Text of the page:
World’s Largest Refugee Camp Avoids Closure

The world’s largest refugee camp has escaped closure this week. The Kenyan government originally planned to close the refugee camp in Dabaab, Kenya by November, 2016. The government then postponed this closure for six months. A successful high court challenge to the decision means the camp will remain open, providing refuge to Somali refugees. The court found that the internal security minister had failed to consult with the people who would be directly affected by the decision, violating Kenya’s constitution. The constitution states that people have a right to fair legal proceedings. The court also held that the decision to close the camp was discriminatory and in violation of international treaties the Kenyan government signed. The decision to close the refugee camp was based on claims from the government that it is a drain on the national economy, and that it was being used by al-Shabaab militants as a base to launch attacks within Kenya. The high court’s ruling also reversed the government’s decision to close Kenya’s Department of Refugee Affairs.

The camp at Dabaab is home to an estimated 340,000 people fleeing violence, persecution and civil war in Somalia. The camp was originally opened in 1991 to provide a temporary place of refuge for people fleeing the violence and civil war that erupted after the overthrow of President Mohamed Siad Barre’s military regime. In the years following the coup, Somalia descended into anarchy as rival groups and warlords fought for control of the country. In 2006, the Islamic Courts Union (ICU) took control of Mogadishu, the country’s capital. Subsequently, Ethiopian forces ousted the ICU. Between 2007 and 2011, African Union forces occupied the country and an internationally recognized government was elected with international help. Although Somalia is inching towards stability, with the first democratic elections since Barre’s regime took power in 1967 held in 2012, and the election of President Mohamed Abdullahi Farmajo in February 2017, the country is still dealing with conflict due to al-Shabaab. Al-Shabaab is an off-shoot of the ICU and is an Islamist Jihadist group aligned with Al-Qaeda. Moreover, Al Jazeera reports that Somali government forces and al-Shabaab regularly engage in armed conflicts.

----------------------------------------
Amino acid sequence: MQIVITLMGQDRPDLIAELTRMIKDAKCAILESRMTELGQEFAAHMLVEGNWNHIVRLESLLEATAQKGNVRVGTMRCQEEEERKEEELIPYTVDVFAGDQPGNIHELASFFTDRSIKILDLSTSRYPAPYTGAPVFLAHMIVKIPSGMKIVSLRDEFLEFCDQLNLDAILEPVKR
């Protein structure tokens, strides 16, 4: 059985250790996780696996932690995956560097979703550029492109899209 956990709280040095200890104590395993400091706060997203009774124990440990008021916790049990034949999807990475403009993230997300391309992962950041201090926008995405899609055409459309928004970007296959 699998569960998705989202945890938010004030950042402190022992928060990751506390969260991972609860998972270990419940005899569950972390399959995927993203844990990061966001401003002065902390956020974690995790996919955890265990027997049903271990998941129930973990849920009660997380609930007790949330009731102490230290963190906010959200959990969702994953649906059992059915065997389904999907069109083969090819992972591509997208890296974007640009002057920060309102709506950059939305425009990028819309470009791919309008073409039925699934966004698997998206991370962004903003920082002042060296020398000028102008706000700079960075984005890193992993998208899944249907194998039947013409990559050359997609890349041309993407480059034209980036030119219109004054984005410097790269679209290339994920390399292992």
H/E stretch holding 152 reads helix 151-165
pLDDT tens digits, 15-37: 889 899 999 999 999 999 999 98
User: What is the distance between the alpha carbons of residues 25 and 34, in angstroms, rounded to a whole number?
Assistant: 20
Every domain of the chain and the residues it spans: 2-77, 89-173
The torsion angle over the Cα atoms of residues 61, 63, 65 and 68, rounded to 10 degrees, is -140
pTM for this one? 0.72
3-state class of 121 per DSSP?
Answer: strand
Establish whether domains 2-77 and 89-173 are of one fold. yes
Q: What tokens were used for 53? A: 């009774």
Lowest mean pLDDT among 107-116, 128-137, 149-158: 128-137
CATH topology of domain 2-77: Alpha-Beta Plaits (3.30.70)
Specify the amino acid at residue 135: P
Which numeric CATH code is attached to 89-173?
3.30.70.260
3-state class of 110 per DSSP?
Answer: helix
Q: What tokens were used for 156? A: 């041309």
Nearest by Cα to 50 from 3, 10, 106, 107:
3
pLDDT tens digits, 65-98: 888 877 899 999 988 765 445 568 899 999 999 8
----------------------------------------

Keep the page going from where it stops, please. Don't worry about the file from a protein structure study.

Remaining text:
Somalia’s government is pleased with the result of the high court challenge. The Somali ambassador to the United States was critical of the announcement of the closure of the camp in June. He lamented the potential damage to the relationship of the two states as a result of Kenya’s decision. The ambassador also called on the 2013 Tripartite Agreement made between Kenya, Somalia and the United Nations High Commissioner for Refugees regarding the voluntary repatriation of Somali refugees in his condemnation of Kenya’s decision.

The court’s decision comes as a welcome relief in a time when the international mood towards refugees is increasingly hostile. The judge’s decision that the original closure order is discriminatory and in violation of international agreements gives hope that the same decision will not be made in the near future, with the government declaring that it has consulted the affected people. Amnesty International released a statement in the wake of the decision, calling for durable resettlement solutions for the refugees including increased efforts to integrate refugees into the local community.

Anton Anin